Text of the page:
Abstract P059: Reproducibility of Blood Pressure Response to Cold Pressor Test: the GenSalt Study
Higher blood pressure (BP) response to cold pressor test (CPT) is associated with increased risk of hypertension and cardiovascular diseases. However, it is unknown whether BP response to CPT is a stable and reproducible trait. We repeated the CPT among 568 Han Chinese who participated in the Genetic Epidemiology Network of Salt Sensitivity (GenSalt) four years after the original study. The same CPT protocol was applied in the original and repeated studies. BP was measured prior to and at 0, 1, 2, and 4 minutes after the participants immersed their hand in ice water (3oC to 5oC) for 1 minute using a standard mercury sphygmomanometer. On average, study participants were 39.0 years old and 54.0% of them were male. The mean body mass index was 23.6 kg/m2, systolic BP was 117.8 mmHg, and diastolic BP was 74.5 mmHg at baseline among study participants. The mean (standard deviation) of systolic BP responses at time 0 and 1 minutes, maximum responses, and area-under-the-curve during CPT were 13.3 (10.1), 4.2 (6.0), 13.6 (9.8) and 10.8 (17.6) mmHg in the original study and 11.1 (9.5), 4.1 (6.0), 11.7 (8.9), and 10.1 (17.1) mmHg in the repeated study. BP responses in the original and repeated studies were highly correlated. For example, the correlation coefficients for systolic BP responses to CPT were 0.4137 at time 0 minute, 0.3711 at time 1 minute, 0.4221 for the maximum responses, and 0.3641 for area-under-the-curve during CPT (all p<0.0001). These data indicate that BP response to CPT is a stable and reproducible trait. Furthermore, BP responses to CPT may be useful for identifying individuals at high risk for hypertension.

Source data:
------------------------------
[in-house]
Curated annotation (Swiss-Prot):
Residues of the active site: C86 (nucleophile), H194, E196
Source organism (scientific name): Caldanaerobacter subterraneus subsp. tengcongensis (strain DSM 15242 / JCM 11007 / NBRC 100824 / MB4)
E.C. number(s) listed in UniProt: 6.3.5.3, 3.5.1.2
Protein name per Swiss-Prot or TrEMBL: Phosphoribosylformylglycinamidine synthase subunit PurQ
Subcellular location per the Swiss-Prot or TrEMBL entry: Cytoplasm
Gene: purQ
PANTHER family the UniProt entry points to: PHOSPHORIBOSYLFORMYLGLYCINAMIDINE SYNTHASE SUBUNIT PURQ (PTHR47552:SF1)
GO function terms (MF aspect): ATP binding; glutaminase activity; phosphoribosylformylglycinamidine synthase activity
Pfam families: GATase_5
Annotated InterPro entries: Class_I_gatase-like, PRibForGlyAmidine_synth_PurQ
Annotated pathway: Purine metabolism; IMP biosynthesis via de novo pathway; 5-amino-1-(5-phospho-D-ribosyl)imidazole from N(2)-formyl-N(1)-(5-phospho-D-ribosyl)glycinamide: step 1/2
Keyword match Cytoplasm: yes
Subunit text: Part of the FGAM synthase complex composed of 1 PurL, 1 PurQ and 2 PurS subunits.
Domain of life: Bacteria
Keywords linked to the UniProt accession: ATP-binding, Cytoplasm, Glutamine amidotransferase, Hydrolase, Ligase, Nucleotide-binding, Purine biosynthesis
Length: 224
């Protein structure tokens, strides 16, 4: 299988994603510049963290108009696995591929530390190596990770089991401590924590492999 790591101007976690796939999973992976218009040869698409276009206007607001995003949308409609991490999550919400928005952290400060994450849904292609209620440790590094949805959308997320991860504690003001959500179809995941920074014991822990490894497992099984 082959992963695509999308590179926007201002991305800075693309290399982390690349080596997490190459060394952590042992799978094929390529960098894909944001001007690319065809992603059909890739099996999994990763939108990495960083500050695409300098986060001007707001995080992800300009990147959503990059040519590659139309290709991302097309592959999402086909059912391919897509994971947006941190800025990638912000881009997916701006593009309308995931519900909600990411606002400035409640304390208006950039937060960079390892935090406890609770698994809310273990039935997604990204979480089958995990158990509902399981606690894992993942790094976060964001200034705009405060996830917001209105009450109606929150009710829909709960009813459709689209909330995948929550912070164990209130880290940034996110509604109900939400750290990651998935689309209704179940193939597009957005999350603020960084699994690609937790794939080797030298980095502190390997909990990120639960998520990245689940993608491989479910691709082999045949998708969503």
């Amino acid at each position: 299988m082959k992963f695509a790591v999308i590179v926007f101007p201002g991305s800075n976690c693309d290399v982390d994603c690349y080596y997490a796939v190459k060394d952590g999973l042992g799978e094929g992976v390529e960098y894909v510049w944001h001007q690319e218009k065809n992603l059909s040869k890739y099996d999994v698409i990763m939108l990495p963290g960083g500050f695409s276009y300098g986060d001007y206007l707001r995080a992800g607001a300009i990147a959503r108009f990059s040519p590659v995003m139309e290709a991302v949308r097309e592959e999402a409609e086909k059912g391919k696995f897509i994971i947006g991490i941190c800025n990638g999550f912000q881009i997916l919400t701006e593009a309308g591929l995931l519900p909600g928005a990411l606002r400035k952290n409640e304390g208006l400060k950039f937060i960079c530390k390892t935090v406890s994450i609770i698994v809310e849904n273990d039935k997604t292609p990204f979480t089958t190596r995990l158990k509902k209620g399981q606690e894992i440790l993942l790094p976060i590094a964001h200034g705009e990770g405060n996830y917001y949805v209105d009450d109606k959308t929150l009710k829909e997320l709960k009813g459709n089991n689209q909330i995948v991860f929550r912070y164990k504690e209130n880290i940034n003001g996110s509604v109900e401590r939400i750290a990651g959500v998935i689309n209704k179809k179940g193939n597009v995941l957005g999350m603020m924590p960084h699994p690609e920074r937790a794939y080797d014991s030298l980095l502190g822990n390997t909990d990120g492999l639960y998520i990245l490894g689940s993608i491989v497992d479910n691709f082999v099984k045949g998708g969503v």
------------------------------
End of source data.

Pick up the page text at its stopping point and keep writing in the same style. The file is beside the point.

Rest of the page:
- © 2012 by American Heart Association, Inc.